Now you have the approvals, let’s find a builder. You ask a few mate that may or may not have building license to give us a quote. One says it is a 550k job, your jaw drops, the budget was only 420k. The next builder has a quick look over your drawings and gives you a quote of 400k you are excited is actually under your budget and you have a little to pick a few nicer finishes. You go with the cheapest quote.
No sooner has the builder stepped on site then he hands you a variation for some piers that he has decided you need. The next day it is extra excavation because your draftsman didn’t quite get the levels right and now the driveway can no longer meet the gradients required, so on and so forth. Before you know it the builder has you in a pattern of approving variations each time you walk on site. Your little extra in the budget is soon swallowed up and you begin to wake up in cold sweets each night, where are you going to get the money from you find yourself back to see the bank. All told at the end of the day you add up all the bills and find your 400k house costing 600k. How did that happen? This was supposed to be a cheap build. Does this sound familiar? or do you someone this has happened too?
There are a number of fundamental issues at play here that lead to this escalation of cost.
1. By engaging a draftsman you can expect they will to have most of the technical issues covered, however who is designing your house? If this in you, do you have the design skills? The first place to look for real cost savings is within the design. A good designer or architect can achieve much more out of a small area. With an experienced designer on board, you may find they can achieve you same requirements within a smaller floor area. Ultimately a cheap design fee may cost you many tens of thousands if not 100’s of thousands down the track.
2. A good designer or architect would also point out you would likely struggle to meet you expectations within your given budget. Knowing this upfront is of great value, as you can change your requirements or expectations of what will be achieved for your budget, or be better prepared with the required finance to meet you expectations.
3. The process of finding and engaging a builder can be fraught with difficulties. How do you know that each builder is giving you a price for exactly the same thing? If you take incomplete set of drawing along to a builder they will have to make assumptions to fill in the gaps. These assumptions offer a great deal of latitude to hit you with variations later during construction. Armed with a complete set of drawings and specifications, all design decisions made prior to getting the builder to give you a price. By calling tenders from a number of builder this will make them as competitive in price as the market allows at the time. All the prices should not vary more than about 15% above or below the average price. If after this process is complete and all the prices are still over you budget, working with your architect, you can negotiate with your preferred builder (usually the lowest, but not always) and seek their input as to where they may see you could save money in the construction. This could be as simple as allowing them more time to complete the project, you don’t know as this is very specific to the builder you are then dealing with and there situation also. finally after everyone is happy you can sign a contract and expect that the building should be within a certain price range.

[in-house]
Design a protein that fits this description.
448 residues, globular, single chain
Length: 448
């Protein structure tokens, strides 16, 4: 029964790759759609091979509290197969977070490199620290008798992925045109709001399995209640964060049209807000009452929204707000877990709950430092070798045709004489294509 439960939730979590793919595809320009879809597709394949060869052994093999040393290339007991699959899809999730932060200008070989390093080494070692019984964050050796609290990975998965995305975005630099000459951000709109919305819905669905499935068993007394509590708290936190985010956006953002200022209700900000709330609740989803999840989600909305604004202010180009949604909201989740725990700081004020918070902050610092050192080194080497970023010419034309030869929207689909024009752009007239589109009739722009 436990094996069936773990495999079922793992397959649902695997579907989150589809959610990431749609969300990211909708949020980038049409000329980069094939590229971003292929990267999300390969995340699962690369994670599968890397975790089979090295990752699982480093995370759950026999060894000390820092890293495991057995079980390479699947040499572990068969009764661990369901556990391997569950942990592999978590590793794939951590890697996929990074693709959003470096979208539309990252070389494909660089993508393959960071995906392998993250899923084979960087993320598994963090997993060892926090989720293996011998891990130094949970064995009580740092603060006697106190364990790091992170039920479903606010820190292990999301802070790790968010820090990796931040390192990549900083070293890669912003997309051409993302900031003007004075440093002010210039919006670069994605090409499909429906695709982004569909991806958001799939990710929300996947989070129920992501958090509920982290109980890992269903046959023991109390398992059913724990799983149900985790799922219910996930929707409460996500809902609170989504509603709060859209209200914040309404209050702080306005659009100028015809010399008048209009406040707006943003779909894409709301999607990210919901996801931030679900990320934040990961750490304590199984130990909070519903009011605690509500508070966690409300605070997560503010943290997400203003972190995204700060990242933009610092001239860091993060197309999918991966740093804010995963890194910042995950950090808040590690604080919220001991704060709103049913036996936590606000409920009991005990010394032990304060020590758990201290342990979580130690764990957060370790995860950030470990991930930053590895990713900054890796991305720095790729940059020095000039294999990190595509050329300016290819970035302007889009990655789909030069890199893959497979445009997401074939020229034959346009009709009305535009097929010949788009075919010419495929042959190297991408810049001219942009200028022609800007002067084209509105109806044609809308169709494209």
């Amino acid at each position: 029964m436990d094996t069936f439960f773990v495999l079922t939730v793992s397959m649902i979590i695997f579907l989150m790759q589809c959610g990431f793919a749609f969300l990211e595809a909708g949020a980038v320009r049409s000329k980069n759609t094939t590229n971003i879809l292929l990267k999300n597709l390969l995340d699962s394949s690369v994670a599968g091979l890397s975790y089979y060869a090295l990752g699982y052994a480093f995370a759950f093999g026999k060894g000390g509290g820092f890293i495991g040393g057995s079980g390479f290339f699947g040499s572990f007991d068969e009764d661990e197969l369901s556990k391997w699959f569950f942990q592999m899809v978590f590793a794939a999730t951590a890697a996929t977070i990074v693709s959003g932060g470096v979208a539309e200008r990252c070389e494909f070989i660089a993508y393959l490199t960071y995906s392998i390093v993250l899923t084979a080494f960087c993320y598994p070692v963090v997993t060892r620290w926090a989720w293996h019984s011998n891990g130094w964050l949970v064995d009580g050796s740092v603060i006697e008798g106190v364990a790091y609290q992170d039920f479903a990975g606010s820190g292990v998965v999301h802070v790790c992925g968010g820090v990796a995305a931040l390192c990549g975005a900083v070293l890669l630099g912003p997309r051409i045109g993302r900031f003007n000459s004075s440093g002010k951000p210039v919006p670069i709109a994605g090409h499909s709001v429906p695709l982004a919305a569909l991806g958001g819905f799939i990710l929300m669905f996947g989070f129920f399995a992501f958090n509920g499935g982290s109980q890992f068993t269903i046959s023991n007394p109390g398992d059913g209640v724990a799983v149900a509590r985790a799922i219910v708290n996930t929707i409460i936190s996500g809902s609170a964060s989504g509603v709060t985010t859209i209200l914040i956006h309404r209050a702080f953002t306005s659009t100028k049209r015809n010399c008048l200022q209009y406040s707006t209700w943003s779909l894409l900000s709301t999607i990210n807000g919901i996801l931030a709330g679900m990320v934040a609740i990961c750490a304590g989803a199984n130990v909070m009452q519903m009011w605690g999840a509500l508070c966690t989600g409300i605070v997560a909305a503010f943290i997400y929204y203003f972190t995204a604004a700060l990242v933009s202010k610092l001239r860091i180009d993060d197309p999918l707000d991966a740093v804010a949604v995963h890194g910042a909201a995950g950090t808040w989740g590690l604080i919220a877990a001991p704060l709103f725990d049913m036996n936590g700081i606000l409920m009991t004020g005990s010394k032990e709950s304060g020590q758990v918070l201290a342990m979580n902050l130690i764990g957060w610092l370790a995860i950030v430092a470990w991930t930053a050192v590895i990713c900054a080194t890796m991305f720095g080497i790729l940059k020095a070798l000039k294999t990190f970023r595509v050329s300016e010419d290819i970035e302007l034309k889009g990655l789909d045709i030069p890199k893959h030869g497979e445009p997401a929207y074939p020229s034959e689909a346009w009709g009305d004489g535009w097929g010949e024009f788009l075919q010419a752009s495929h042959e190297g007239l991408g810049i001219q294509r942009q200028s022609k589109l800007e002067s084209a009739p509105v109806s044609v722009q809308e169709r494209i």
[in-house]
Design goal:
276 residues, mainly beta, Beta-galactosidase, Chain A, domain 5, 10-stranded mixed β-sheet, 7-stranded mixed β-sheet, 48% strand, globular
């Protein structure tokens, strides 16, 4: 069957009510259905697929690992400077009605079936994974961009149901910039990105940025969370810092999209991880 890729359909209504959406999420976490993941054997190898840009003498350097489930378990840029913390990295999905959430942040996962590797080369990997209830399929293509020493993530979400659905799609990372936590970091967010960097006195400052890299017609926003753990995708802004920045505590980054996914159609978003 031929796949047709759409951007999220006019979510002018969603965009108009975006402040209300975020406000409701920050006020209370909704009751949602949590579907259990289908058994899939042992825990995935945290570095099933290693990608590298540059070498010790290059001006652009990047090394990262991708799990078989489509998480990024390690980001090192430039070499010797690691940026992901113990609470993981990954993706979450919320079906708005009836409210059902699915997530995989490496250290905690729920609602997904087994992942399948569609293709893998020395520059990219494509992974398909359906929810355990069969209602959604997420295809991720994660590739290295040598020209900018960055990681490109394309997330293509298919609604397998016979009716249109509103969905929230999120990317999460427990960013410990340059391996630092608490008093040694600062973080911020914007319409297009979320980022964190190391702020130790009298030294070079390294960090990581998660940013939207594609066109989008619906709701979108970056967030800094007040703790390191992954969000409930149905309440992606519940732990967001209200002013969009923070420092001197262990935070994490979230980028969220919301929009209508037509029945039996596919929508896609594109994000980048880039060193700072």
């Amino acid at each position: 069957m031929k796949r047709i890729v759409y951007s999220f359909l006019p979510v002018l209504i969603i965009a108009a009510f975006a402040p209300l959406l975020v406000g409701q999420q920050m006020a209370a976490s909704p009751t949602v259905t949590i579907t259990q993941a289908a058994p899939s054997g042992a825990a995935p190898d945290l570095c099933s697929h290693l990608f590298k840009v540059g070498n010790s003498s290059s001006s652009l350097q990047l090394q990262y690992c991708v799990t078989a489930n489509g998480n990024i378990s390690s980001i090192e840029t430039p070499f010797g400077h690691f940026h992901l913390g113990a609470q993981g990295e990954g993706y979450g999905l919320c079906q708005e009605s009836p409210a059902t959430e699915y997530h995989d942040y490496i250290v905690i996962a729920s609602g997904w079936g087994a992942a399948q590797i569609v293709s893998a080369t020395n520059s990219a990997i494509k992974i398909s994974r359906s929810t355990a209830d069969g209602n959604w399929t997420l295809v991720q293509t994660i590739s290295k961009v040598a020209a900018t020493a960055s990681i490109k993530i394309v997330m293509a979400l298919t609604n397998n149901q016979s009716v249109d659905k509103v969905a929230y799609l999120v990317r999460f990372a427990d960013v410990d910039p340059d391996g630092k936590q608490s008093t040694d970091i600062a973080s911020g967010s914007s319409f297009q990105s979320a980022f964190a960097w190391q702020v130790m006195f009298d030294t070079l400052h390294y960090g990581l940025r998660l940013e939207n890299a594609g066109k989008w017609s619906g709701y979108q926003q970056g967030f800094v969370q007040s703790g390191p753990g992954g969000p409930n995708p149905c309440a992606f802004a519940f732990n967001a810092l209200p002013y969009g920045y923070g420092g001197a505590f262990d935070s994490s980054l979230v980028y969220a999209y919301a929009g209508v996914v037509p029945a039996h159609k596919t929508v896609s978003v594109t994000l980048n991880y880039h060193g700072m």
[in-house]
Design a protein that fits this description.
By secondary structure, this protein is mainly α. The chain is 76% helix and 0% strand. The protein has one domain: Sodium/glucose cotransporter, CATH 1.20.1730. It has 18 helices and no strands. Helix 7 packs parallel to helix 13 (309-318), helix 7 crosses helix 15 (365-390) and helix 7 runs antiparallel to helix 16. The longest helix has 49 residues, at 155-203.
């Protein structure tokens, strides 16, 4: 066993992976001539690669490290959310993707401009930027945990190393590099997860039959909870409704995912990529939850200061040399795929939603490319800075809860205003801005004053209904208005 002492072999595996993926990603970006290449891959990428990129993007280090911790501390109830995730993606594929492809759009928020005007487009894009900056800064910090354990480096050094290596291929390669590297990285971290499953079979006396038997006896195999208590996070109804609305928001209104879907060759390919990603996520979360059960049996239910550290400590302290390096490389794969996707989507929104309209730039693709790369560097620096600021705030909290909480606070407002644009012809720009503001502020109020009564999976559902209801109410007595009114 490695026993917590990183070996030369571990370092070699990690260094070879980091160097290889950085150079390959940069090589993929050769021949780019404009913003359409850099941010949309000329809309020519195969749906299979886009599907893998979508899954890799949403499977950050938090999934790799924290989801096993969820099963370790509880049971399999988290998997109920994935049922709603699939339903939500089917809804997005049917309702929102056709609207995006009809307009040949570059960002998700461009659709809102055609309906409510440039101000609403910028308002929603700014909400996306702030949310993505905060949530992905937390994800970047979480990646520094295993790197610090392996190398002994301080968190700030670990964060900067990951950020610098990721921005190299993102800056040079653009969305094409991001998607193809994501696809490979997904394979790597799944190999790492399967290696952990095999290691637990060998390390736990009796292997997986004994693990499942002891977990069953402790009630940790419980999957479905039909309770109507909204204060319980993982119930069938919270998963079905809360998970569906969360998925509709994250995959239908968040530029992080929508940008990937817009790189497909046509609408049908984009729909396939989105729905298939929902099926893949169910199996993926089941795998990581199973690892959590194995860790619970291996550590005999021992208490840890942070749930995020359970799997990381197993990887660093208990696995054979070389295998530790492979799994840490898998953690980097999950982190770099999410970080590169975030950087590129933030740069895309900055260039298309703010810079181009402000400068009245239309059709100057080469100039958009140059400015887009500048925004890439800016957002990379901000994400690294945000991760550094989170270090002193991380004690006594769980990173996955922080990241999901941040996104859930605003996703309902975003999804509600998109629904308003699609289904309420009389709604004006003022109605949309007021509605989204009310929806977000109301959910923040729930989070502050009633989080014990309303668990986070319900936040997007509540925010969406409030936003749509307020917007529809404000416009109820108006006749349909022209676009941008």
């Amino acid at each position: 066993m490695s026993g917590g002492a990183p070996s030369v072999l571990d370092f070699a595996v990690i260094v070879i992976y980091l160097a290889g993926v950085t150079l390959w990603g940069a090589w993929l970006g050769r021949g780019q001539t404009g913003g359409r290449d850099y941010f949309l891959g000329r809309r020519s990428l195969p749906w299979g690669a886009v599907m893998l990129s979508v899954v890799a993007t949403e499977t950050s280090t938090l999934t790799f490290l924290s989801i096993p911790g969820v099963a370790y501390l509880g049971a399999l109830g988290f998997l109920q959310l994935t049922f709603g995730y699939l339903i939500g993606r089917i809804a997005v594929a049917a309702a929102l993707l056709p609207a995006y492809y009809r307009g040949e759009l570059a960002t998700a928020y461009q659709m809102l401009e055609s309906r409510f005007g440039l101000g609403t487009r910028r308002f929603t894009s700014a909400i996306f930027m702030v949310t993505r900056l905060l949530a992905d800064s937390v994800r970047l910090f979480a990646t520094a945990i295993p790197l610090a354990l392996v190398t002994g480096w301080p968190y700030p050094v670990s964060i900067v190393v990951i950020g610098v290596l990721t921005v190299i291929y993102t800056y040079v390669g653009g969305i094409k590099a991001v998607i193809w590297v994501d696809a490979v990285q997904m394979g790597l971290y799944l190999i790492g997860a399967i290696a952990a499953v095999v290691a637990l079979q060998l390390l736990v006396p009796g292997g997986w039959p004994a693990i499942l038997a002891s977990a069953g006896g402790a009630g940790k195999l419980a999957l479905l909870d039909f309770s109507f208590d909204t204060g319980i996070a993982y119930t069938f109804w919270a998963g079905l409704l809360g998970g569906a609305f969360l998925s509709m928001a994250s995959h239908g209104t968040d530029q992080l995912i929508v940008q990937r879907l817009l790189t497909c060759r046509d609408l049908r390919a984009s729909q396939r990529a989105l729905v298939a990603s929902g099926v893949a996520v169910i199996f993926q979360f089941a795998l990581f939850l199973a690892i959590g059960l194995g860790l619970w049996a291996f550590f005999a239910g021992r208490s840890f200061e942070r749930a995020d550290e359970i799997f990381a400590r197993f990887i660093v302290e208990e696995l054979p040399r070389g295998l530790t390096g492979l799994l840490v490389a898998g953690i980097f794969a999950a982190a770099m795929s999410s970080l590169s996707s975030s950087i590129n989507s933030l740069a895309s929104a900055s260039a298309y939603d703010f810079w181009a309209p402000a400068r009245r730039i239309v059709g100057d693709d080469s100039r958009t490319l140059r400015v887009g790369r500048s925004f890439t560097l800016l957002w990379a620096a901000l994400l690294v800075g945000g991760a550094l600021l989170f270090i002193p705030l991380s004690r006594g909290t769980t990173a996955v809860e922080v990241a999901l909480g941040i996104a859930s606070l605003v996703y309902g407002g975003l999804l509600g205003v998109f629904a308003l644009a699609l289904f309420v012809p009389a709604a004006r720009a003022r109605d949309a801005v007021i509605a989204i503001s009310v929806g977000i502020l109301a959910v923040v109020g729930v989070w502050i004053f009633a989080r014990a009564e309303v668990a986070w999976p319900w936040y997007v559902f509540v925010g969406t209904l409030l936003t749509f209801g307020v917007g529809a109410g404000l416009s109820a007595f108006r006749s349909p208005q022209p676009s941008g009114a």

4. Within the contract price there should also be included a contingency sum of money, as there are always unknowns throughout the construction process. This should be at least 10-15% for a simple new build and higher renovations and more complex projects. This is a sum of money allocated for that case that you do really need that extra pier or often there are situations arise on site where you may need to change something.
5. You may consider engaging an architect to also administer the contract. This means that the architect acts as your agent and deals with the builders questions on a day to day basis, meets with the builder on a regular basis tracking the progress and ensuring that the builder is building what is shown on the drawings and in the specification. It also give you an independent professional on your side if there are tricky building issues arise and you are not simply slugged with another variation. In this role the architect reviews the work each month and certifies each claim payment that the builder makes. Ensuring you are only paying for what is built to that particular point, no more no less.
The more time, experience and expertise going into the design upfront before the builder is on site you will have greater control there is of the costs. If working to a tight budget, this is paramount. To change a line on paper is cheap compared to removing a wall and building a new one in a building.
If you would like help to get started on your project without making a large commitment upfront consider starting our Concept and Viability Study.